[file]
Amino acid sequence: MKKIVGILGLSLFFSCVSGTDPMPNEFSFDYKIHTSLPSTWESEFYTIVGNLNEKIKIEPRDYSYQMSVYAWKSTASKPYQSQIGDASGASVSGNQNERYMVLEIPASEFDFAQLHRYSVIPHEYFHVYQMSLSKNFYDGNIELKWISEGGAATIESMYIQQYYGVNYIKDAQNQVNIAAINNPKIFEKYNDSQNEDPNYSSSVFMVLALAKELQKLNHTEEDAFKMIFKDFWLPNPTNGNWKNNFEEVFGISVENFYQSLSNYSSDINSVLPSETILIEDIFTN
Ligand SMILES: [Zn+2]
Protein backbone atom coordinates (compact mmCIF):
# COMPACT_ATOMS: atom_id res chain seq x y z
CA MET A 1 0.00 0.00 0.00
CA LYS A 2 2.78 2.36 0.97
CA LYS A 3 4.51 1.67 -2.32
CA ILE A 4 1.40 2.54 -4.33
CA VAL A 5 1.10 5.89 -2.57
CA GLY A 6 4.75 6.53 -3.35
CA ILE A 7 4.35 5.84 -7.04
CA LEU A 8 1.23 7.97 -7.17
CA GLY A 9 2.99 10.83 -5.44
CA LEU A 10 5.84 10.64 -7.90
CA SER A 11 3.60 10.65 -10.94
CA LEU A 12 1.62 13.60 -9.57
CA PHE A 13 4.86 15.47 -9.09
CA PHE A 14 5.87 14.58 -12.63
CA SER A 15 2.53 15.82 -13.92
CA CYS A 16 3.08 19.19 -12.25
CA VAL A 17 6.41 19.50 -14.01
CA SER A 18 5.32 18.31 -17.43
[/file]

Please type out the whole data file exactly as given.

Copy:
Amino acid sequence: MKKIVGILGLSLFFSCVSGTDPMPNEFSFDYKIHTSLPSTWESEFYTIVGNLNEKIKIEPRDYSYQMSVYAWKSTASKPYQSQIGDASGASVSGNQNERYMVLEIPASEFDFAQLHRYSVIPHEYFHVYQMSLSKNFYDGNIELKWISEGGAATIESMYIQQYYGVNYIKDAQNQVNIAAINNPKIFEKYNDSQNEDPNYSSSVFMVLALAKELQKLNHTEEDAFKMIFKDFWLPNPTNGNWKNNFEEVFGISVENFYQSLSNYSSDINSVLPSETILIEDIFTN
Ligand SMILES: [Zn+2]
Protein backbone atom coordinates (compact mmCIF):
# COMPACT_ATOMS: atom_id res chain seq x y z
CA MET A 1 0.00 0.00 0.00
CA LYS A 2 2.78 2.36 0.97
CA LYS A 3 4.51 1.67 -2.32
CA ILE A 4 1.40 2.54 -4.33
CA VAL A 5 1.10 5.89 -2.57
CA GLY A 6 4.75 6.53 -3.35
CA ILE A 7 4.35 5.84 -7.04
CA LEU A 8 1.23 7.97 -7.17
CA GLY A 9 2.99 10.83 -5.44
CA LEU A 10 5.84 10.64 -7.90
CA SER A 11 3.60 10.65 -10.94
CA LEU A 12 1.62 13.60 -9.57
CA PHE A 13 4.86 15.47 -9.09
CA PHE A 14 5.87 14.58 -12.63
CA SER A 15 2.53 15.82 -13.92
CA CYS A 16 3.08 19.19 -12.25
CA VAL A 17 6.41 19.50 -14.01
CA SER A 18 5.32 18.31 -17.43